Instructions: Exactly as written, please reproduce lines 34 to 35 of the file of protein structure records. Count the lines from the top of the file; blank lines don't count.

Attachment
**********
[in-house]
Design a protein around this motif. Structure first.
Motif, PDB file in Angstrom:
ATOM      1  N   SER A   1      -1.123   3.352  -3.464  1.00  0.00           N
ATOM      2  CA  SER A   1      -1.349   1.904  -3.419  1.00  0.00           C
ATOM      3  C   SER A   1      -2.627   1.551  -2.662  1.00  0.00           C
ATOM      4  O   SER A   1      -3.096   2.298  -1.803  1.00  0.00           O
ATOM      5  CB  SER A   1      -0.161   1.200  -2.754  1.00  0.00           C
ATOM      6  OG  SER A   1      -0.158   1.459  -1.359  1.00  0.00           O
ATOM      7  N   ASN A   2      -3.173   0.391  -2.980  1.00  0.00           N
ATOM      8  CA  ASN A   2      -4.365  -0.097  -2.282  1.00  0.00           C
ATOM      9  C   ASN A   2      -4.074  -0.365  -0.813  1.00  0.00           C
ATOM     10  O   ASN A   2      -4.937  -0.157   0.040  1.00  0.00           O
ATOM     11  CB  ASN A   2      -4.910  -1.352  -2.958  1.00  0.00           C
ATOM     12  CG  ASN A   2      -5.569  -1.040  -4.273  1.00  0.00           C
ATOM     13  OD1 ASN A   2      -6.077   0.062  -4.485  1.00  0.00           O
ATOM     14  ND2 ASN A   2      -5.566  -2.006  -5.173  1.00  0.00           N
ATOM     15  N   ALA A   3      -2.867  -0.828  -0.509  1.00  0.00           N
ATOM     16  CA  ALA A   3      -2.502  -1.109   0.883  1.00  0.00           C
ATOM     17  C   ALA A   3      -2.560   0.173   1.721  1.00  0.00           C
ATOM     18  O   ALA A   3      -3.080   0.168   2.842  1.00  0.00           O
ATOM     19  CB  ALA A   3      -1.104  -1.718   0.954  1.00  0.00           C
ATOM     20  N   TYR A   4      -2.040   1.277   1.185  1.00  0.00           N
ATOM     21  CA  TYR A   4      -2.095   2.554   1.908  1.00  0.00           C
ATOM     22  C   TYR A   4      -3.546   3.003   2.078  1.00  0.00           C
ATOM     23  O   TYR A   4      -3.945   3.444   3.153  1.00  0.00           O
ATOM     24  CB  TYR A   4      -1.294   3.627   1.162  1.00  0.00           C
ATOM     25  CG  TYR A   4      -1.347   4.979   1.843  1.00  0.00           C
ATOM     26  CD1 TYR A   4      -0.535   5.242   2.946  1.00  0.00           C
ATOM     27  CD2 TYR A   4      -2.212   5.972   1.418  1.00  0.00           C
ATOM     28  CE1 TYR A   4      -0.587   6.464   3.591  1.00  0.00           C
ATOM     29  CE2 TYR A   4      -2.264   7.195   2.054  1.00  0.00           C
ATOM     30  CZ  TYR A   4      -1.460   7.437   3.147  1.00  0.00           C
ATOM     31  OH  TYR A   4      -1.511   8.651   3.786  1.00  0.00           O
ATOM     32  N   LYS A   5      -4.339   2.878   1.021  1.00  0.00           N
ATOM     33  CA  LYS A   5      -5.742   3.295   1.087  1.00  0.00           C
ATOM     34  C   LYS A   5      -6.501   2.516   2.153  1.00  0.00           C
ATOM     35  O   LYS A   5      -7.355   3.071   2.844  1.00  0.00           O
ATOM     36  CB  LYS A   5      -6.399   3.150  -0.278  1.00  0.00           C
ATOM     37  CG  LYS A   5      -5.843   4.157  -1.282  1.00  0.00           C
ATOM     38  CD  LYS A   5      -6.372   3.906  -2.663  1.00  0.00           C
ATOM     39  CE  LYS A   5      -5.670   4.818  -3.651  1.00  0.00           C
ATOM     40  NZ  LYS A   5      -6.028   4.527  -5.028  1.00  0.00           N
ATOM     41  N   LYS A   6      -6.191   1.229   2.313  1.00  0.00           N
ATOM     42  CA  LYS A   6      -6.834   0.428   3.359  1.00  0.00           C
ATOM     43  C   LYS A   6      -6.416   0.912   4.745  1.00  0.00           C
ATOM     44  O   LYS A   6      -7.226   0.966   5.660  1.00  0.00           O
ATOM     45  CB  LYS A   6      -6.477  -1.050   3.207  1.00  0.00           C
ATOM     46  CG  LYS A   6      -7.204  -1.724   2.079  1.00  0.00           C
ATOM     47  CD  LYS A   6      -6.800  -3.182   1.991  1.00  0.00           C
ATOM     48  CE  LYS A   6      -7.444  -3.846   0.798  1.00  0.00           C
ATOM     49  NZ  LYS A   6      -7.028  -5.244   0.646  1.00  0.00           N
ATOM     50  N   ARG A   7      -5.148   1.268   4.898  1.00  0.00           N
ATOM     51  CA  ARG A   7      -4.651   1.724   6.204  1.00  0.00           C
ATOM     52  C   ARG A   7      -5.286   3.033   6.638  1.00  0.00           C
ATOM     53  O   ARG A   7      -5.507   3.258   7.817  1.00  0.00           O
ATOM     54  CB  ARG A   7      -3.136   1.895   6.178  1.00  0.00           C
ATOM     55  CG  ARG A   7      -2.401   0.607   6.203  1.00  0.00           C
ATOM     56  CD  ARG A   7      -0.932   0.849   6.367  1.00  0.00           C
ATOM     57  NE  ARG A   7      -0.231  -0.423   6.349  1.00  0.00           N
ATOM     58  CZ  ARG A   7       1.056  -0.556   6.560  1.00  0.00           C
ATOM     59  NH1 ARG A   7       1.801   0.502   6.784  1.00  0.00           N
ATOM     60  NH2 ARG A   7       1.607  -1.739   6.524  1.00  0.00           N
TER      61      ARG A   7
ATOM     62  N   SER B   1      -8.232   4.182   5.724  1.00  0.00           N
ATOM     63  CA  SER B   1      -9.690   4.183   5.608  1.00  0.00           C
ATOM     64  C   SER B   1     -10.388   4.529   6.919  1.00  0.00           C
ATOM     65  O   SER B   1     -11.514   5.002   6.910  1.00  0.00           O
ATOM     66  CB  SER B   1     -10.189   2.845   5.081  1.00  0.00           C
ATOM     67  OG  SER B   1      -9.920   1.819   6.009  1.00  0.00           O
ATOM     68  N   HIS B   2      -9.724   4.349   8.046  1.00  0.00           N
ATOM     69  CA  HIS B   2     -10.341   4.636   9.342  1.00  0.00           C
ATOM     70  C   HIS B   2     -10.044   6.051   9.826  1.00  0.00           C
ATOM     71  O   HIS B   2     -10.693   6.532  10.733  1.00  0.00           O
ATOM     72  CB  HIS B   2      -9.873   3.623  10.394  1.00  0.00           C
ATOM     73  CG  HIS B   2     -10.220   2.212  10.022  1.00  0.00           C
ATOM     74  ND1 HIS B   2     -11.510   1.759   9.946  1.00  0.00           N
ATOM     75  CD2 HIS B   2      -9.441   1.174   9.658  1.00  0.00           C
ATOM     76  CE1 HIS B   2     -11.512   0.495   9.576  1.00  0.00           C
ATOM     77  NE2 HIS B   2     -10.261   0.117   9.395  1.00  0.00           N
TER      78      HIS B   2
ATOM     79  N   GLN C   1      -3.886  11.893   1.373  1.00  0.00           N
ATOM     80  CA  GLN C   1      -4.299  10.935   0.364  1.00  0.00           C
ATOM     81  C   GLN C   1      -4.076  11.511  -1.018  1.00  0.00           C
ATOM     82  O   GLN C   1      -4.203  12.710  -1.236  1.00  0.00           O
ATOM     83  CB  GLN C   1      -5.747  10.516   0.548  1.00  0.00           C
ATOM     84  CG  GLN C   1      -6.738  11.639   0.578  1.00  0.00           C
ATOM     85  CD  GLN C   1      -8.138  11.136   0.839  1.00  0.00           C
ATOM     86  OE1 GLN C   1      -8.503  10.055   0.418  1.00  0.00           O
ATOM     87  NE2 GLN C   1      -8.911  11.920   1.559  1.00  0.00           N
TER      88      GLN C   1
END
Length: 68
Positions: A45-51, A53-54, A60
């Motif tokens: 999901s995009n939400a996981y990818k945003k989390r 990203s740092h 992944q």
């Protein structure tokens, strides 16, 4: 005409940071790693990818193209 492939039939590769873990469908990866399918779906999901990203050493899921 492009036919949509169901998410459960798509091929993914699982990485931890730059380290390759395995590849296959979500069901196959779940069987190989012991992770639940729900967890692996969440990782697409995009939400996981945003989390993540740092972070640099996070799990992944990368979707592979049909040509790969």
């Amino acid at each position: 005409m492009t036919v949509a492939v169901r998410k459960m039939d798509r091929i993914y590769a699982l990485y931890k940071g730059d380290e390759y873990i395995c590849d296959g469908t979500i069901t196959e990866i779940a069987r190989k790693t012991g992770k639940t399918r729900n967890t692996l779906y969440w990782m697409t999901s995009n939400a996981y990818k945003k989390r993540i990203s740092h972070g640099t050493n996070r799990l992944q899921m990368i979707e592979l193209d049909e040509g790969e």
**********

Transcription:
ATOM     31  OH  TYR A   4      -1.511   8.651   3.786  1.00  0.00           O
ATOM     32  N   LYS A   5      -4.339   2.878   1.021  1.00  0.00           N